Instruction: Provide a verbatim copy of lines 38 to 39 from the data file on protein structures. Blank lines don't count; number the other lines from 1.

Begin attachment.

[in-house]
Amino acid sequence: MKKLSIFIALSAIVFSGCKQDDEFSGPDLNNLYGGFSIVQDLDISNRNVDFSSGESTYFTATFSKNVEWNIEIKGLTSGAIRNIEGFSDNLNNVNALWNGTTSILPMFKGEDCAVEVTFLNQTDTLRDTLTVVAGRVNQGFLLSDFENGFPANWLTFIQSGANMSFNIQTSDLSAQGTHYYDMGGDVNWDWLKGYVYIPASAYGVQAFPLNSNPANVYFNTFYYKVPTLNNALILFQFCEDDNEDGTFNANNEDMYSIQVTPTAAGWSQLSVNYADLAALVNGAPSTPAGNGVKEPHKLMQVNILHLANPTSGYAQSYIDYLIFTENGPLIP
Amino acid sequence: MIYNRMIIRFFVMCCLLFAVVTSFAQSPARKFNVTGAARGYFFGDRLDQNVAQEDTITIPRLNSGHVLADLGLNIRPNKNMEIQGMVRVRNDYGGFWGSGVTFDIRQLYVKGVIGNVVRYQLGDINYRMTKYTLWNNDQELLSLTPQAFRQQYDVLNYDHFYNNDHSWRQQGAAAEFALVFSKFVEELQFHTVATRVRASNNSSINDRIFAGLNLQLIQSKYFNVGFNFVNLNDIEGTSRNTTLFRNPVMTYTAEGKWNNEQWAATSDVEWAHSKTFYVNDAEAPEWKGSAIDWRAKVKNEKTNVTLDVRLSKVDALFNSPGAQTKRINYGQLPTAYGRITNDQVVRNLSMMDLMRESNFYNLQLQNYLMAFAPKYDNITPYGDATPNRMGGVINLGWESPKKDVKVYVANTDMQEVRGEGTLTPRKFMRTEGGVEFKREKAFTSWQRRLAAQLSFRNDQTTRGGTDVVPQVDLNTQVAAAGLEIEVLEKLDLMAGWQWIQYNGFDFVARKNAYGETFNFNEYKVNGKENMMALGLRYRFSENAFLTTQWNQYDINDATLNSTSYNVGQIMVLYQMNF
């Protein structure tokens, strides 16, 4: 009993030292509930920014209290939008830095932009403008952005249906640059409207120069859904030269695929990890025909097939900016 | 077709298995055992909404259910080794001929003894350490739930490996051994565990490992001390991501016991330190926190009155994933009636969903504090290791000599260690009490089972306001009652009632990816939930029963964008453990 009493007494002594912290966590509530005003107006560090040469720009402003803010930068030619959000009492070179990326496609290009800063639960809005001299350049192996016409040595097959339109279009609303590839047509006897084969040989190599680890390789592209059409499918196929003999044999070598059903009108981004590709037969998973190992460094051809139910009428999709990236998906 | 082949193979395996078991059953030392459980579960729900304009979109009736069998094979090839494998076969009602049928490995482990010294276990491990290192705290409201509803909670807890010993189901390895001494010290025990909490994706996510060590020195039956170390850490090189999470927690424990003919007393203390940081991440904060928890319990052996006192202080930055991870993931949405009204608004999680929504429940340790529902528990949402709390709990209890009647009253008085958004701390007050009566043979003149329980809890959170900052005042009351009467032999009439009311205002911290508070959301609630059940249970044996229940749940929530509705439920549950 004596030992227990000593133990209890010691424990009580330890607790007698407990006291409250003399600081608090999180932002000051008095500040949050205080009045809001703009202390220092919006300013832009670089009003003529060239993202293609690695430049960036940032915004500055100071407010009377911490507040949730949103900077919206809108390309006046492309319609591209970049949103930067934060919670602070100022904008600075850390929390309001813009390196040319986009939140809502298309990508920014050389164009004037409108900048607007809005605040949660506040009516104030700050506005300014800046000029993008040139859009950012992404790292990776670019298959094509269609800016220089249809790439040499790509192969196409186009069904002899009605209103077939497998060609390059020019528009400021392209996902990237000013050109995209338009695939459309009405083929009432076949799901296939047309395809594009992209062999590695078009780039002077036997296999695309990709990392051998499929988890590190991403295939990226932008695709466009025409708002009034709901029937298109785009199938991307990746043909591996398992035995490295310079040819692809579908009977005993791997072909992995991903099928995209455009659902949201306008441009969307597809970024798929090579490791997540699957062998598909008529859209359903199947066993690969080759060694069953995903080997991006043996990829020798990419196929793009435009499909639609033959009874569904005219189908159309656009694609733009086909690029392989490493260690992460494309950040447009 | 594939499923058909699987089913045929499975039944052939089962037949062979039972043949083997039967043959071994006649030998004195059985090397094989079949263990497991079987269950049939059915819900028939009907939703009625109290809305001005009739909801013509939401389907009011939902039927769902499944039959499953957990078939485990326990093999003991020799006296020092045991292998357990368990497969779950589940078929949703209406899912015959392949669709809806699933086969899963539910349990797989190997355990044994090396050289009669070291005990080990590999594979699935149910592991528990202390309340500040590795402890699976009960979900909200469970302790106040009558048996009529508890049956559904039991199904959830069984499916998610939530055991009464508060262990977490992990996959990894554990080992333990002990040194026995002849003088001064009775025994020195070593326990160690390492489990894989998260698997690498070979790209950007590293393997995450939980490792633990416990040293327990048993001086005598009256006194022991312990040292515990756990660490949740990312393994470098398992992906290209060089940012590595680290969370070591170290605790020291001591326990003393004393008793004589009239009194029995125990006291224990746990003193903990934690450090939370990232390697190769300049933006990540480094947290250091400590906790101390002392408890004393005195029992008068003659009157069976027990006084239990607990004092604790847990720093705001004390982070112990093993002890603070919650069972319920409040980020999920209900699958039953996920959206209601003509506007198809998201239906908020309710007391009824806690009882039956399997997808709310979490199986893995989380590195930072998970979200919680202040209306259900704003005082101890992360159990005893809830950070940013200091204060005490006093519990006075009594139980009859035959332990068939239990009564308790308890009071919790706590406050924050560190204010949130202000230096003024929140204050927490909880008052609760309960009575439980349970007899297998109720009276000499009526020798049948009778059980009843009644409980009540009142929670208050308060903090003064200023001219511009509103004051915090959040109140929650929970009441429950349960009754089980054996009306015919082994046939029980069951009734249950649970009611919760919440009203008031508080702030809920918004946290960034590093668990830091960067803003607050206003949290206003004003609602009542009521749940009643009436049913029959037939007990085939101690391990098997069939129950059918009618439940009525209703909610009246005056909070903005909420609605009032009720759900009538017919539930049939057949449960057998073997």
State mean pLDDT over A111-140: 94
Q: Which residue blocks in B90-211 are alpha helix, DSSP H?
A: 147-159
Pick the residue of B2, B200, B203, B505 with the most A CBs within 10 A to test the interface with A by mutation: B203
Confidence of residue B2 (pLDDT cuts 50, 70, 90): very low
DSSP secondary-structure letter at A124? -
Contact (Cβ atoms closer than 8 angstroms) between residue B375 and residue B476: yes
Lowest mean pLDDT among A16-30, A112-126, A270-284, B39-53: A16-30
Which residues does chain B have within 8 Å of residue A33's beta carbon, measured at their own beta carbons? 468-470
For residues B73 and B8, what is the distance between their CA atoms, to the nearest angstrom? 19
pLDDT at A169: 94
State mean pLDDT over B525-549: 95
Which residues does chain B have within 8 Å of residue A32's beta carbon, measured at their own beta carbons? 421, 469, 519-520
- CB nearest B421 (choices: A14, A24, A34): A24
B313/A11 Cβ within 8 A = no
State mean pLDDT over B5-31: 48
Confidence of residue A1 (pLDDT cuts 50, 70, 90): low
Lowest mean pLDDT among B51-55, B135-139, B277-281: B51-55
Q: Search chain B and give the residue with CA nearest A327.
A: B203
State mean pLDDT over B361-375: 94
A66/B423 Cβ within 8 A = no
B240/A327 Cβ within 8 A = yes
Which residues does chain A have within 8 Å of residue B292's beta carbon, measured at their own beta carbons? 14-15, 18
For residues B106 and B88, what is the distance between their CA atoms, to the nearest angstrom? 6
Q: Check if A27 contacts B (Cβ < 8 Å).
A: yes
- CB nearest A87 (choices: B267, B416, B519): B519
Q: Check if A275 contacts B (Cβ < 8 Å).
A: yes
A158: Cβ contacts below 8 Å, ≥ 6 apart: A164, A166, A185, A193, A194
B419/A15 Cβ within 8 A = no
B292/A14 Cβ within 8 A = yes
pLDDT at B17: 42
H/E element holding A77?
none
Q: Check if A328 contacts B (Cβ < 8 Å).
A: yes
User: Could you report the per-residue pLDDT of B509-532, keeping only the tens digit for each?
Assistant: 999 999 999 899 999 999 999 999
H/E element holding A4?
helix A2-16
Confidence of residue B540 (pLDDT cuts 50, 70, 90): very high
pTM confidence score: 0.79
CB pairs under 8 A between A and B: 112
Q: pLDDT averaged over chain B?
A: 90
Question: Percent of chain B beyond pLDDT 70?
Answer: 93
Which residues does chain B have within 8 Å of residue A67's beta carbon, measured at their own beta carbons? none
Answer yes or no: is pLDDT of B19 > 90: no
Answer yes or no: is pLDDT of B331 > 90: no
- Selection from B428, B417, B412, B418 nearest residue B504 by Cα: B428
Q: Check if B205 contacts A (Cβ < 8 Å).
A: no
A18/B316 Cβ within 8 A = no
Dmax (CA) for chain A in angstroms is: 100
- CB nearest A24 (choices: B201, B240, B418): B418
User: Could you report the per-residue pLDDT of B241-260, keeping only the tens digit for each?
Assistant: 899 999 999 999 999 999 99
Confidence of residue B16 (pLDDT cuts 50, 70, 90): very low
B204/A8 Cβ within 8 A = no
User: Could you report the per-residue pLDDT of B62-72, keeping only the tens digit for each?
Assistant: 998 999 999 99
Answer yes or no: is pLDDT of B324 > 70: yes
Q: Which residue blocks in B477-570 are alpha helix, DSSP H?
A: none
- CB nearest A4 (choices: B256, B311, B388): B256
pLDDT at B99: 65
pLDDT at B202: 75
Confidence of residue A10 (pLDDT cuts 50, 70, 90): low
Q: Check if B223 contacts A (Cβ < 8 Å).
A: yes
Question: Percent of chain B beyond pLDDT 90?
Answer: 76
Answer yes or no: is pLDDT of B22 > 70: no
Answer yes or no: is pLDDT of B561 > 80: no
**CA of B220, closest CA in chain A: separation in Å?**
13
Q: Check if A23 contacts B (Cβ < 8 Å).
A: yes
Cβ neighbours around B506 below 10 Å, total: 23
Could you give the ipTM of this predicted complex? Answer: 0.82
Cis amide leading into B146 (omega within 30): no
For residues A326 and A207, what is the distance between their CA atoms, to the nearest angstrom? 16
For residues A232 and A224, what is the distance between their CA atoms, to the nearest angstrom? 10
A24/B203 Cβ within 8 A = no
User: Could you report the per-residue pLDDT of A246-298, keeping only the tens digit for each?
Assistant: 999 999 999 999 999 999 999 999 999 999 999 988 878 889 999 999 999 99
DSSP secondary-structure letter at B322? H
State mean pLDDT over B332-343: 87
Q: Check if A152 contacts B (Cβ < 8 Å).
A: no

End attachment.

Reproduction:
pLDDT at B17: 42
H/E element holding A77?